Manfred Börgens Mathematics on stamps |
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Figure 1 Finding South with a watch and the position of the sun Copyright
Computation of the angle in the scouts' method
τ time measured in degrees: τ = 0° = 00:00 , τ = 90° = 06:00 etc. (True Sun Time) This is not the angle shown by the watch but half of it! τ_{o} time shown on the watch: τ_{o} = τ/15° A Azimuth (angle of the sun read along the horizon): A = 0° = North, A = 90° = East etc. The middle and the right graphics in figure 2 show the increase of the angle between the North direction as assumed by the scout and the azimuth; it amounts to 15° per hour. (E.g., if in the right graphic in figure 2 we would take 10:00 instead of 09:00 the angle between the hour hand and the 12 on the watch would grow by 30° , thus the angle between the hour hand and the assumed South direction would grow by 15°.) This yields a very simple formula for the scout when she or he assesses the direction of the sun: (1) A_{Scout} = τ_{o}·15° = τ |
Computation of the angle for the true position of the sun
The true azimuth depends on three parameters: time of day, date and latitude. (The scouts' method only uses time.) The date is usually replaced by the declination of the sun. This is the latitude where at noon the sun stands in the zenith. The translation from date to declination and back is made with a declination table. τ time measured in degrees: τ = 0° = 00:00 , τ = 90° = 06:00 etc. (True Sun Time) δ declination φ observer's latitude Pertinent sources give different (but equivalent) formulae for the azimuth. These make simplifying assumptions (spherical shape of the earth, no atmospheric refraction) which in our context generate merely small and negligible deviations. We take the formulae deduced in Blog # 3, formula (14) on this website. Due to the symmetry a.m./p.m. explained above it is sufficient to compute A for the time before noon: (2) A_{true} = arccot(cot τ sin φ + csc τ tan δ cos φ) Remark: The Mathematica definition of arccot is the inverse function of cot:[-π/2,π/2]\{0} → R , in contrast to the more familiar definition as the inverse function of cot:(0,π) → R , which we used in Blog # 3. If you want to compute A with Mathematica you should use the Mathematica function acot[x_]:= ArcCot[x] + If[x<0,π,0] instead of ArcCot[x] . Furthermore, for A_{true} as well as for A_{Scout} we get: τ = 0° ⇔ A = 0° and τ = 180° ⇔ A = 180°. At day time τ , we derive from (1) and (2) the difference between the South direction and the azimuth : South_{Scout} = 180° - τ = 180° - A_{Scout} South_{true} = 180° - A_{true} (3) South_{true} - South_{Scout} = A_{Scout} - A_{true} We shall see that this difference between true and assumed South direction can be considerable. |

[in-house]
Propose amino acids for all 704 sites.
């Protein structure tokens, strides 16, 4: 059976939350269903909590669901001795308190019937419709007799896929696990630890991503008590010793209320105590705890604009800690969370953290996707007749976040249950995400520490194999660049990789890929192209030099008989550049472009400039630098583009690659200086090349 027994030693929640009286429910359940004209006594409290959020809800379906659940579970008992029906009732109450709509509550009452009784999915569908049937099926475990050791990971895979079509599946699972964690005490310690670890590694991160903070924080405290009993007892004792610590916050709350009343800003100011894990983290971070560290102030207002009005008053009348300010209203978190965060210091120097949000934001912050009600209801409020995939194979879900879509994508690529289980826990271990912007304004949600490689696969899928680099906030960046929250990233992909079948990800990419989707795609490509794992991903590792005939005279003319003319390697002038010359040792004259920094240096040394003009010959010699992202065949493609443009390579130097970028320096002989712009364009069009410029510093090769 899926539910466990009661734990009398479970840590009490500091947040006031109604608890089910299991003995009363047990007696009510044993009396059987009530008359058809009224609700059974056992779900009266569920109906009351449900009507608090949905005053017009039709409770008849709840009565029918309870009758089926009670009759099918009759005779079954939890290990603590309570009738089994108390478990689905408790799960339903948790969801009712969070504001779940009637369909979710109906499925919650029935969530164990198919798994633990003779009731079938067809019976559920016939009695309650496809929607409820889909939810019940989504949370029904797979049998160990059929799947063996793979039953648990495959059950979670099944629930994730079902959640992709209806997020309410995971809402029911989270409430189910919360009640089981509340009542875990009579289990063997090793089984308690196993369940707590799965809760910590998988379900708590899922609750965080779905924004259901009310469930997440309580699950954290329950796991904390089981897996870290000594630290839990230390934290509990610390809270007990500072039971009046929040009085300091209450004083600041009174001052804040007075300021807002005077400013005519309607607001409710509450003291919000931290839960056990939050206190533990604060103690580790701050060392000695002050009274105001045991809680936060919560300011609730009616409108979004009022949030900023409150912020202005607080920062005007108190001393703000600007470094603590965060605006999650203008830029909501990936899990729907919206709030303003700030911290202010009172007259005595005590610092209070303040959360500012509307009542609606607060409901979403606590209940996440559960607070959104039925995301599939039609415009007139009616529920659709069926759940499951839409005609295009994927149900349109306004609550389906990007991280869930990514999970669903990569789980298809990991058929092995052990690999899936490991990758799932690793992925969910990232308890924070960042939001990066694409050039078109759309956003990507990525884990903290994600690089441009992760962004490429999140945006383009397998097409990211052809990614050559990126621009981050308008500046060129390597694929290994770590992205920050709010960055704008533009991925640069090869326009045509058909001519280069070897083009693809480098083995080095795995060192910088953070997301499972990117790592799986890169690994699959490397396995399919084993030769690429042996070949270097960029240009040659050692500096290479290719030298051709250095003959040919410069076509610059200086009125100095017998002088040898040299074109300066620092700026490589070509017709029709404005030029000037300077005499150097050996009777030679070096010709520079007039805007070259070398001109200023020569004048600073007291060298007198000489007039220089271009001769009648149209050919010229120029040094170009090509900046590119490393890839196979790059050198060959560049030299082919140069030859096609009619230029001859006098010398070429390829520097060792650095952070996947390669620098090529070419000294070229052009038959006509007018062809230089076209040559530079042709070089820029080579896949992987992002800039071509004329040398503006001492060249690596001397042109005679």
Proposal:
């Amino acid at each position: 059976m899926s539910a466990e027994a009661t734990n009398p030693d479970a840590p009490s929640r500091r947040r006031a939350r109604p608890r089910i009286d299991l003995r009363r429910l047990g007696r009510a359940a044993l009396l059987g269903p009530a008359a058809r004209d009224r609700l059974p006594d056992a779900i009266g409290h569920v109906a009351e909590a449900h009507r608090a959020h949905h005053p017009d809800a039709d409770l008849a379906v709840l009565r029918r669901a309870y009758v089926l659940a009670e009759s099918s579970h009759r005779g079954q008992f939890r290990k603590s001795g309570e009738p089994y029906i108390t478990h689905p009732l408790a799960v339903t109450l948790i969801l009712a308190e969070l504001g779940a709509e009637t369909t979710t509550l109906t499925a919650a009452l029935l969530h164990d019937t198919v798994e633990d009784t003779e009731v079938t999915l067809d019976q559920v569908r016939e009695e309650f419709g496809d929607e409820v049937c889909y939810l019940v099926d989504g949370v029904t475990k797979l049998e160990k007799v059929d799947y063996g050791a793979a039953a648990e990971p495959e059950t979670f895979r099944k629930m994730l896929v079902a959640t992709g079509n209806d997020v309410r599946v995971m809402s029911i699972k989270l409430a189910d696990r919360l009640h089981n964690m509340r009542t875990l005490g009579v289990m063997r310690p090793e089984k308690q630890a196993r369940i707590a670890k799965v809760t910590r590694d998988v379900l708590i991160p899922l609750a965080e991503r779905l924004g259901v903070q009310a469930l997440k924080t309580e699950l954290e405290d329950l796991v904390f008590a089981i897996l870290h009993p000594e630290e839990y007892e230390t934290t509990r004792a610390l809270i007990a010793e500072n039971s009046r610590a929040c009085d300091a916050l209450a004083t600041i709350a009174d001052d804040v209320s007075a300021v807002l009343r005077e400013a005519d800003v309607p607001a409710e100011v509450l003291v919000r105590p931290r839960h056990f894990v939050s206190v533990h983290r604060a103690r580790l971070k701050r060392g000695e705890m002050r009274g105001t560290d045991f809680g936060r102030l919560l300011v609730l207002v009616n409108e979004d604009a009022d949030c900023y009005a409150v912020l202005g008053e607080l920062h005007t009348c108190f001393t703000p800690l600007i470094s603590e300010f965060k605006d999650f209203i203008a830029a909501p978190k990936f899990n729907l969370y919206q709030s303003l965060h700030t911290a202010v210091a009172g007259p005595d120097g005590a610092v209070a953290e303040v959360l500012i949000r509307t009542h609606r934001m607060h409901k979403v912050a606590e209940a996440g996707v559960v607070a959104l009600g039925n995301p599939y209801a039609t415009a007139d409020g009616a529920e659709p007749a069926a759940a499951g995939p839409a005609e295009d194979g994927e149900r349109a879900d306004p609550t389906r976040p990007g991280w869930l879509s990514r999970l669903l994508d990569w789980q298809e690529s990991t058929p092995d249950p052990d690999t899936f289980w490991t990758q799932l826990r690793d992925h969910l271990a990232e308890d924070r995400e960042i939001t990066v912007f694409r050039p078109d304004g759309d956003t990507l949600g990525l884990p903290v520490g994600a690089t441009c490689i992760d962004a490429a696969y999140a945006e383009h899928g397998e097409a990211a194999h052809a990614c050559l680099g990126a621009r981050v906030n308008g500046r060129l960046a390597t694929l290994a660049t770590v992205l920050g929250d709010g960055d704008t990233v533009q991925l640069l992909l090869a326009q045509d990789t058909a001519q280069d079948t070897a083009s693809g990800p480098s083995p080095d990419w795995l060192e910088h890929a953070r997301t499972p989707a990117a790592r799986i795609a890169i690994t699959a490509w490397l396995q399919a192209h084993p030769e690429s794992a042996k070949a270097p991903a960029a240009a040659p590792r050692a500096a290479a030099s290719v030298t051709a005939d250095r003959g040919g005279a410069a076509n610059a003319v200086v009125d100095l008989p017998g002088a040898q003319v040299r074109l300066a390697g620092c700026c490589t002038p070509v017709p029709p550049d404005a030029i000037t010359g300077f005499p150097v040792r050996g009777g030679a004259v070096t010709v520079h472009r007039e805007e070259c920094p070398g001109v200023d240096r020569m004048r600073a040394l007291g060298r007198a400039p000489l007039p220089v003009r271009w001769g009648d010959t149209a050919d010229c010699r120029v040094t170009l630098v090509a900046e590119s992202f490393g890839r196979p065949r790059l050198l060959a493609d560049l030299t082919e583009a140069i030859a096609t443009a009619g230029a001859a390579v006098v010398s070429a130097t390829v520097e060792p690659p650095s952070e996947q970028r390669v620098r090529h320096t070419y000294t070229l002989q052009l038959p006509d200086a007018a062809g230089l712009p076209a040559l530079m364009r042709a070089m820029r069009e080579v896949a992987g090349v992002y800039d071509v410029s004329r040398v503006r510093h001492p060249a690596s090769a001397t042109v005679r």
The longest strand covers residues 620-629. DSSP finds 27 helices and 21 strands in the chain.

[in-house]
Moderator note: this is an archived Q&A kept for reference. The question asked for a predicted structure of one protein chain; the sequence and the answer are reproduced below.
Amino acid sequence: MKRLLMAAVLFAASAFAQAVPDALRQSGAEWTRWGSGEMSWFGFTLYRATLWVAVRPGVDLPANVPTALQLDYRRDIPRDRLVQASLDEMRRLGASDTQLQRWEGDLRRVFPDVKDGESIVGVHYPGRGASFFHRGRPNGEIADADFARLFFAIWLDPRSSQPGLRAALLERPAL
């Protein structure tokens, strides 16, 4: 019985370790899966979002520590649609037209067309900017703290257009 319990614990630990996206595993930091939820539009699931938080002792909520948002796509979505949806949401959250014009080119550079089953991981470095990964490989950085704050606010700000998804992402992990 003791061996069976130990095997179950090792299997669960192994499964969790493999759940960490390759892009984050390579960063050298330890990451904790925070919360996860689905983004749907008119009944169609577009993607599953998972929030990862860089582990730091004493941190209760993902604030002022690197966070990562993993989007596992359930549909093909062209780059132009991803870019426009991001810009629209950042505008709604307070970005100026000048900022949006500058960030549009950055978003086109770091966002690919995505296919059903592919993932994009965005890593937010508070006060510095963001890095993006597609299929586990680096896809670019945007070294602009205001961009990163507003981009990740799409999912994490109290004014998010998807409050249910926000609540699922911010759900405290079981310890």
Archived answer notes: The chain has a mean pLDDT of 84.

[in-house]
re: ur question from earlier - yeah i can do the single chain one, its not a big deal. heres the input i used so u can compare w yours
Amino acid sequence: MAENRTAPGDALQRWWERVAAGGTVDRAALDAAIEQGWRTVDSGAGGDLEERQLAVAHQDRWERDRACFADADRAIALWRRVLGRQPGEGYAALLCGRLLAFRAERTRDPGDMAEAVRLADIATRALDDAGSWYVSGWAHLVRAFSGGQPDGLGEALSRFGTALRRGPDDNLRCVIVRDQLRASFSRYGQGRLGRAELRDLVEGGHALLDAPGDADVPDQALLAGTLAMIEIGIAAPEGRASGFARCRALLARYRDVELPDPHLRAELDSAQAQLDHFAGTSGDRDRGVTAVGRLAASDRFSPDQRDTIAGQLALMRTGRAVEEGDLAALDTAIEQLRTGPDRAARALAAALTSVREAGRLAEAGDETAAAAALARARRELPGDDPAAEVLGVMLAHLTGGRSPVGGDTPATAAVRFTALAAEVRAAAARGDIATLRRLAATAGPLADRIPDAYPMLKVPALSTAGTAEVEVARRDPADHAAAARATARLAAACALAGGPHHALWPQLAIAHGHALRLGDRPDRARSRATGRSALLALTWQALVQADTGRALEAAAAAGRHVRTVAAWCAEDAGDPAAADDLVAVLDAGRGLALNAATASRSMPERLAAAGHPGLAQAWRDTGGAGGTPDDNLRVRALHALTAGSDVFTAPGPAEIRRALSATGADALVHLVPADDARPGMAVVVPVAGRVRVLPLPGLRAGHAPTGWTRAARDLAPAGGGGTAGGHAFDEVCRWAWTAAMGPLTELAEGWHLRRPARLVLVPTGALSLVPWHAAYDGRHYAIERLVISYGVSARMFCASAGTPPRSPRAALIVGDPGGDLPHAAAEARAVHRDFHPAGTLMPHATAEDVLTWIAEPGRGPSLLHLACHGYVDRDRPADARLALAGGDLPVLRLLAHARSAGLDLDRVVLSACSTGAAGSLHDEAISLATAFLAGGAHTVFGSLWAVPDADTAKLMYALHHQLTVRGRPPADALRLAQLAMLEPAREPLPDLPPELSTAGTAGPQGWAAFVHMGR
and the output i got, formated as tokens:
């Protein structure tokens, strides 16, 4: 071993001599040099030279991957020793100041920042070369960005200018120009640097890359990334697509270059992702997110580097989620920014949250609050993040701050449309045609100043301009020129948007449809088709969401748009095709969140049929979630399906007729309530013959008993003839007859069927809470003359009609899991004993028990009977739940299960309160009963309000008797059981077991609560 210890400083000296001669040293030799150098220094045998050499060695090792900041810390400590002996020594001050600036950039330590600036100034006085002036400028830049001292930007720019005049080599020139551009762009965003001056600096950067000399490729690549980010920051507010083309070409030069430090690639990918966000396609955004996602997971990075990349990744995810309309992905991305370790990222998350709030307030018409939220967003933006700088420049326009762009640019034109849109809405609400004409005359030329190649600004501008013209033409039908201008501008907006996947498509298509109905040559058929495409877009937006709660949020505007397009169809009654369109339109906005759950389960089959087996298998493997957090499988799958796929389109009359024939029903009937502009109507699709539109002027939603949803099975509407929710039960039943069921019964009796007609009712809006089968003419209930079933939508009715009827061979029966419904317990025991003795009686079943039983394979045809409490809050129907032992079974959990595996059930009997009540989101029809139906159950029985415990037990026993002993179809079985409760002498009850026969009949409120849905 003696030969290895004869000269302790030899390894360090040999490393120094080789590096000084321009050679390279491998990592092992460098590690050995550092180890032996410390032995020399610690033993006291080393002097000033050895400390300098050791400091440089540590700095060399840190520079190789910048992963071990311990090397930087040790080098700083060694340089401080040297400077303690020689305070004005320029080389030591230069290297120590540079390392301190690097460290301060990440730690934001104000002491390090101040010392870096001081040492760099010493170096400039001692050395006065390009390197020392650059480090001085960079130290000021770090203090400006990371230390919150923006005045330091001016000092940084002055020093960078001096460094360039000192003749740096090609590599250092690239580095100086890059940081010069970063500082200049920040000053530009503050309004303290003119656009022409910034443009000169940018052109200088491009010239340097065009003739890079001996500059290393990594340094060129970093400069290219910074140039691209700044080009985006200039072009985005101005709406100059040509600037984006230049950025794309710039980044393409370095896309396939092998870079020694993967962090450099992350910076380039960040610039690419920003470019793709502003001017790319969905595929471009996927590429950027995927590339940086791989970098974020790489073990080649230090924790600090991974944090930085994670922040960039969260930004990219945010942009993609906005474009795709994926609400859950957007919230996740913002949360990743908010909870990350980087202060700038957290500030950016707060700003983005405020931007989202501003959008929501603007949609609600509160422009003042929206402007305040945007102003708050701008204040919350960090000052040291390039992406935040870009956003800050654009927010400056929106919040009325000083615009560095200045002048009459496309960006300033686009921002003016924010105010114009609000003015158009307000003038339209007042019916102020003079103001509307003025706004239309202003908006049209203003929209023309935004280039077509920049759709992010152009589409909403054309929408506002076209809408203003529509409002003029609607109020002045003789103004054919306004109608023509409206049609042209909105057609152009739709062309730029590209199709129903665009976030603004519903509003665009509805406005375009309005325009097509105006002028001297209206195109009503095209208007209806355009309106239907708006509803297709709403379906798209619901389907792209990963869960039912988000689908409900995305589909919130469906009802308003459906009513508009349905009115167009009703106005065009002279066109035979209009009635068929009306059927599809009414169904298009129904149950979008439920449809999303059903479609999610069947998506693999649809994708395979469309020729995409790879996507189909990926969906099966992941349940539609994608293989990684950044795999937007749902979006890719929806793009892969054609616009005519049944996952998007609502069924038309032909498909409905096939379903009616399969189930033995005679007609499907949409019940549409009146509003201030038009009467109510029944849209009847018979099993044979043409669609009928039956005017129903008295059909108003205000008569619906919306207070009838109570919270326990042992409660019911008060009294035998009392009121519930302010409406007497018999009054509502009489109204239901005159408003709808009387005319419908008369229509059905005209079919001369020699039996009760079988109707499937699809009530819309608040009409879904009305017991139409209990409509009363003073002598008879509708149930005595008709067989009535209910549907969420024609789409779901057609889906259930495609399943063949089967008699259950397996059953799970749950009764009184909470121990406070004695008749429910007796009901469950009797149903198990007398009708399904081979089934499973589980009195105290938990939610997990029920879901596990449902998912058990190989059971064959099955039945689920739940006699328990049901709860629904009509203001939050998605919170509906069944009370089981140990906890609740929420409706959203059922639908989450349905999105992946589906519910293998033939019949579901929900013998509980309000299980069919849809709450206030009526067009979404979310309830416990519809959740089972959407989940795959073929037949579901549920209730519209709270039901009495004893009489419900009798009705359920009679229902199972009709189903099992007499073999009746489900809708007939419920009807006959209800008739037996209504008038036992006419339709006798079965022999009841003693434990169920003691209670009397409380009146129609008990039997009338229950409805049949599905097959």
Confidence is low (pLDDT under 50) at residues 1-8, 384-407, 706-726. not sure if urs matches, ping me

Sunrise
For the scouts' method being employed the sun must shine. The following graphics show the time between sunrise and noon on the horizontal axis. The time for sunrise was deduced in Blog # 3, formula (11). We display the formula as time of day (analogous to τ_{o} ) : τ_{rise} = arccos(tan δ tan φ)/15° |
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Published 2021-10-25 last update 2021-01-18